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Ca2+ entry through store-operated Ca2+ channels involves the interaction at ER–PM (endoplasmic reticulum–plasma membrane) junctions of STIM (stromal interaction molecule) and Orai. STIM proteins are sensors of the luminal ER Ca2+ concentration and, following depletion of ER Ca2+, they oligomerize and translocate to ER–PM junctions where they form STIM puncta. Direct binding to Orai proteins activates their Ca2+ channel function. It has been suggested that an additional interaction of the C-terminal polybasic domain of STIM1 with PM phosphoinositides could contribute to STIM1 puncta formation prior to binding to Orai. In the present study, we investigated the role of phosphoinositides in the formation of STIM1 puncta and SOCE (store-operated Ca2+ entry) in response to store depletion. Treatment of HeLa cells with inhibitors of PI3K (phosphatidylinositol 3-kinase) and PI4K (phosphatidylinositol 4-kinase) (wortmannin and LY294002) partially inhibited formation of STIM1 puncta. Additional rapid depletion of PtdIns(4,5)P2 resulted in more substantial inhibition of the translocation of STIM1–EYFP (enhanced yellow fluorescent protein) into puncta. The inhibition was extensive at a concentration of LY294002 (50 μM) that should primarily inhibit PI3K, consistent with a major role for PtdIns(4,5)P2 and PtdIns(3,4,5)P3 in puncta formation. Depletion of phosphoinositides also inhibited SOCE based on measurement of the rise in intracellular Ca2+ concentration after store depletion. Overexpression of Orai1 resulted in a recovery of translocation of STMI1 into puncta following phosphoinositide depletion and, under these conditions, SOCE was increased to above control levels. These observations support the idea that phosphoinositides are not essential but contribute to STIM1 accumulation at ER–PM junctions with a second translocation mechanism involving direct STIM1–Orai interactions.
SOCE (store-operated Ca2+ entry) is the major mechanism for receptor-induced Ca2+ influx in non-excitable cells and is important for Ca2+-dependent signalling events, including cell growth and differentiation, secretion, gene expression and Ca2+ homoeostasis . Physiologically, activation of PLC (phospholipase C)-coupled receptors in the PM (plasma membrane) generates Ins(1,4,5)P3, resulting in the subsequent release of Ca2+ from the ER (endoplasmic reticulum) through Ins(1,4,5)P3 receptors. The depletion of Ca2+ from the ER store subsequently triggers Ca2+ influx through SOCs (store-operated Ca2+ channels) in the PM to elevate [Ca2+]i (intracellular free Ca2+ concentration) . Importantly, the channels are activated not by the production of receptor-associated signalling molecules, but by the decrease in luminal ER Ca2+ content , involving a coupling between the ER and the PM.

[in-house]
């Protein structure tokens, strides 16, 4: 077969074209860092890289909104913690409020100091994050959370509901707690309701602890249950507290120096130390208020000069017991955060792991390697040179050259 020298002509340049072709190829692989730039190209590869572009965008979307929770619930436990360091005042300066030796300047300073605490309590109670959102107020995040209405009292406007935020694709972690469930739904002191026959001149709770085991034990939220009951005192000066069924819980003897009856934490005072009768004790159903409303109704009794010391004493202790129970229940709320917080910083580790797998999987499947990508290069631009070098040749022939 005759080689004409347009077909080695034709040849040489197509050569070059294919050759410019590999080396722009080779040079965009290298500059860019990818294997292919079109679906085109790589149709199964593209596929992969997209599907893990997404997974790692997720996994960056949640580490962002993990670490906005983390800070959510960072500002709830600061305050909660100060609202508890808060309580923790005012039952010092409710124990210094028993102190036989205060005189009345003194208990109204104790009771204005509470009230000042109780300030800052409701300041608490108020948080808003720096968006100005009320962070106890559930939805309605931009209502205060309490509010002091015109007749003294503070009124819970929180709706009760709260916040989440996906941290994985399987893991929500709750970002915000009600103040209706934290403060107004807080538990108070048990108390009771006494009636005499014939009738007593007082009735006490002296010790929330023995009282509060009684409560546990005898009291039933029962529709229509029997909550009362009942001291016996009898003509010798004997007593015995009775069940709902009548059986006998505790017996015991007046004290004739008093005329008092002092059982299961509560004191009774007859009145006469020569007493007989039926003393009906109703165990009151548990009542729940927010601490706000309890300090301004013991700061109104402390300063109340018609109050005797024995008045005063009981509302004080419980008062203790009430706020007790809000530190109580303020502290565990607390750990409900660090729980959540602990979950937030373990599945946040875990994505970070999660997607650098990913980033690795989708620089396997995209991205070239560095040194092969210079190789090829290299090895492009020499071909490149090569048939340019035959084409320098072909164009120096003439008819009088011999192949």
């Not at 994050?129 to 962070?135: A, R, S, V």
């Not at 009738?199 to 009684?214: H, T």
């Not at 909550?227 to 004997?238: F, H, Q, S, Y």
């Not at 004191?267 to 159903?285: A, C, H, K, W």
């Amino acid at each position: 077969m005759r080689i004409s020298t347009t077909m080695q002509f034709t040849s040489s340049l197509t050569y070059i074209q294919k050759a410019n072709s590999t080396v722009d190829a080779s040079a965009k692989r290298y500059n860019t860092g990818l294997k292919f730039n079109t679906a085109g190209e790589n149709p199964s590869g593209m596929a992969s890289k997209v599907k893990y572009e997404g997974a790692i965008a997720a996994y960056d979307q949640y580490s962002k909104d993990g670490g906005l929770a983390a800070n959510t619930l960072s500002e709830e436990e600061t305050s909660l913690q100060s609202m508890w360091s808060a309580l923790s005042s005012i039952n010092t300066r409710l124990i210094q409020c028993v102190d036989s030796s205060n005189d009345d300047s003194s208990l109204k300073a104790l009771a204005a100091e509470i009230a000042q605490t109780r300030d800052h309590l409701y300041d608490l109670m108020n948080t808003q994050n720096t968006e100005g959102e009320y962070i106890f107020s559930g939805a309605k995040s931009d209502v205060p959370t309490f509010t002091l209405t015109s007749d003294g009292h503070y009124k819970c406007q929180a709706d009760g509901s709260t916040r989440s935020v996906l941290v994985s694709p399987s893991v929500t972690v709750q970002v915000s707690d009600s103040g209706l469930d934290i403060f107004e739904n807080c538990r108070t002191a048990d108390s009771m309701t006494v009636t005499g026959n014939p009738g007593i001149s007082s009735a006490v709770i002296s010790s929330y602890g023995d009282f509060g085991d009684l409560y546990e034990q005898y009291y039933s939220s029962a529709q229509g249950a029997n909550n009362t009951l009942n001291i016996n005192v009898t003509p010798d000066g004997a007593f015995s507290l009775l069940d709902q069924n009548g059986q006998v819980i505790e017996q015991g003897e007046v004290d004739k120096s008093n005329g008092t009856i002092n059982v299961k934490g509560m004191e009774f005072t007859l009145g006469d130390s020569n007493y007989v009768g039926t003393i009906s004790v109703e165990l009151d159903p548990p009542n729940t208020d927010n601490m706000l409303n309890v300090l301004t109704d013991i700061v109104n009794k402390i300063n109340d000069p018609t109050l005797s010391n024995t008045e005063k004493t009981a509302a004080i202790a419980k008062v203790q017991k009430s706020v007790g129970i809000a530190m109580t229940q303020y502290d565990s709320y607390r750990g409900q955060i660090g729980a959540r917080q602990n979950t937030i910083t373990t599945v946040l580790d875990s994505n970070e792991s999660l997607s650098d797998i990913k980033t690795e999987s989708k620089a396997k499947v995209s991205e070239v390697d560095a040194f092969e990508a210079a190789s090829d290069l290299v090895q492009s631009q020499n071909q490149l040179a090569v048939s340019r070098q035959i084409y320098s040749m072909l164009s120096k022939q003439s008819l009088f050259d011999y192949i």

Although SOCE and its associated current, ICRAC (Ca2+ release-activated Ca2+ current), was discovered a number of years ago , only more recently has the molecular mechanism responsible for this ER–PM coupling been uncovered. Previously, the ER Ca2+-sensing protein STIM1 (stromal interaction molecule 1) [3,4] and the PM channel Orai1 [5–7] were identified in high-throughput RNAi (RNA interference) screens as proteins which are essential for the activation of SOCs. STIM1 is normally distributed throughout the ER [4,8,9], where its N-terminal EF hand binds to Ca2+ within the ER lumen. Depletion of Ca2+ from within the ER lumen triggers the release of Ca2+ from the EF hand of STIM1, which induces the oligomerization of the EF-SAM domains of STIM1 within the ER [10–12] and the subsequent movement of STIM1 to ER–PM junctions where it forms aggregates known as ‘puncta’ [4,9]. STIM1 puncta at these sites interact with and induce the clustering of Orai1 channel subunits to form active SOCs [13,14]. Mutational analysis of the interacting domains of STIM1 revealed that the cytoplasmic domain of STIM1 is necessary and sufficient for the activation of SOCE . Furthermore, several recent studies have identified a minimal region within the cytoplasmic domain of STIM1 which is essential for the clustering of Orai1 and the activation of SOCs [16–20]. However, the STIM1 protein also contains a short lysine-rich polybasic domain at its extreme C-terminus. Intriguingly, in some studies, mutation or deletion of the STIM1 polybasic domain has been shown to reduce puncta formation, SOCE and ICRAC [8,16,17,21], suggesting that the polybasic domain may be involved in STIM1 targeting to the PM, possibly through an interaction with some, as yet unidentified, PM component [8,16,21].
There are several lines of evidence to suggest that phosphorylated inositol lipids in the PM may regulate SOCE. First, depletion of phosphoinositides has been shown to block both SOCE and ICRAC in several cells types [22–24]. In addition, a previous study uncovered a requirement for both PtdIns(4,5)P2 and PtdIns(3,4,5)P3 to regulate the PM localization of many proteins which contain a cluster of polybasic amino acids within their C-termini . The polybasic region of STIM1 would make it an excellent candidate as a membrane-targeting domain through binding to phosphoinositides , although other reports have argued against a role for phosphoinositides in STIM1 translocation . The present study aimed to investigate the role of the phosphoinositides in the translocation of STIM1 and the activation of SOCE. Our results suggest that the phosphoinositides are PM components responsible for targeting STIM1 to ER–PM junctions and reveal a role for the phosphoinositides in the activity of SOCs.